16 May 2012
Fastest Ball: I think my group and I have learnt that each and everyone of us have different methods to solving the same problem and we can use that to our advantage when studying academic subjects and this way we would also have a lesser chance of missing out things when we revise.
|An IR machine's wavelength graph of one of our caffeine samples|
|A packet of the caffeine itself, in a solid powder form|
|A photo of the ball rolling down the track|
A video of one of our test runs.
Fastest Ball: The reason our experiment was a success was because we positioned the ramp in the optimum configuration so that the desired amount of kinetic energy is obtained and the minimum amount of energy is lost upon contact with the horizontal ramp.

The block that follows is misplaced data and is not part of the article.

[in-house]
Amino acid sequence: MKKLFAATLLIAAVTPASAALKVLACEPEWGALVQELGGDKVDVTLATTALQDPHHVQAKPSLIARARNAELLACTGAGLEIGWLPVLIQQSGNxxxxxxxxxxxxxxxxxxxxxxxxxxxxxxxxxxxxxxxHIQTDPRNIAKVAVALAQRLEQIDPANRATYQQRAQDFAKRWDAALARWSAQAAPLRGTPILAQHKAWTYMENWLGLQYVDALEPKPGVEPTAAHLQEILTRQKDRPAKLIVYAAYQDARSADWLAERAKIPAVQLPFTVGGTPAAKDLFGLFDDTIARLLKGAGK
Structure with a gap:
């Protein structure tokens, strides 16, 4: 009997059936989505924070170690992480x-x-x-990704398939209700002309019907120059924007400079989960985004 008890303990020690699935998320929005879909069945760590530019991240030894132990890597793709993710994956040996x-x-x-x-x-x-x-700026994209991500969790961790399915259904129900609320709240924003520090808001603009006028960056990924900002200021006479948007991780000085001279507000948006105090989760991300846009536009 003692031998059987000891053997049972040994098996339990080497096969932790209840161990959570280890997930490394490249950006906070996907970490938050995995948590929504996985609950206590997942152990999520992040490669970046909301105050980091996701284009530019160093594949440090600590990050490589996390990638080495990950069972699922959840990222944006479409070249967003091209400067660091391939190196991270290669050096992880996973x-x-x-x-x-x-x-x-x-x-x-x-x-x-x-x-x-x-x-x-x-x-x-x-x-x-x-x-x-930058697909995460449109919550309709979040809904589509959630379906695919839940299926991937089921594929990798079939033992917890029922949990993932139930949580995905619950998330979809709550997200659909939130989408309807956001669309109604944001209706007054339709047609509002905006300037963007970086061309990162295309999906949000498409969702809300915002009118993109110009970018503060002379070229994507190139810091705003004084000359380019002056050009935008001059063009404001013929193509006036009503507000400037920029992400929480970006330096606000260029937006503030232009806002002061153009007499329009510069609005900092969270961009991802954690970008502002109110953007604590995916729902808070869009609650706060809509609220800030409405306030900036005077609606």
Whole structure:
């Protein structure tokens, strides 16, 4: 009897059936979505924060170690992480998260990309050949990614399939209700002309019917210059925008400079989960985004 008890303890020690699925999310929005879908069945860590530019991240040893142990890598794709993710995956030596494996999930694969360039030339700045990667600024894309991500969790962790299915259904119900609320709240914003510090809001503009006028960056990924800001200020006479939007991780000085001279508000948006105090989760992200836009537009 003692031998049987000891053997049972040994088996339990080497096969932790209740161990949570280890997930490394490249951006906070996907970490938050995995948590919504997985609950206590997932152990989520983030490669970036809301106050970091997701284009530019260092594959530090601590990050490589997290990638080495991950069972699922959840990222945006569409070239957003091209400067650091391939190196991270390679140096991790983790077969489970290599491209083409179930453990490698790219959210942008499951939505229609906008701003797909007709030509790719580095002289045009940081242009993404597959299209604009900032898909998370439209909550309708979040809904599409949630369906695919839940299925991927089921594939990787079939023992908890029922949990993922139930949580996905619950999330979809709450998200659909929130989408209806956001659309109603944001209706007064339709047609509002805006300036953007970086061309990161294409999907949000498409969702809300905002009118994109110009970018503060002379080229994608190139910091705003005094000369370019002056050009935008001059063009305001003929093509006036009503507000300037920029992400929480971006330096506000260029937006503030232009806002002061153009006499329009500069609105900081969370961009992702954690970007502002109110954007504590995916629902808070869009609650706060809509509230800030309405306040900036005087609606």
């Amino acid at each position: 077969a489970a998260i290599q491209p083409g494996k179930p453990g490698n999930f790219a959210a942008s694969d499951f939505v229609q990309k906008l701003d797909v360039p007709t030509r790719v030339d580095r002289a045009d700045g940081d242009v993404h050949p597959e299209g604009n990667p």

Fastest Ball: One of the limitations of this challenge is that the ball (which is moving at a relatively high speed of 1.6m/s) will hit a wooden block at the end of the track. This makes the ball (which could also be covered in oil) bounce of into random directions and might hit someone or something and cause injuries or damage.
Fastest Ball: To counter the problem mentioned above, I suggest that the wooden block be changed with one made of sponge or a similar material as these materials are more flexible and more shock absorbing. Thus, there is a less likely chance that the ball will derail and hit someone or something.
Caffeine Extraction done by: Nathaniel and Isaac
Fastest Ball done by: Yong Hong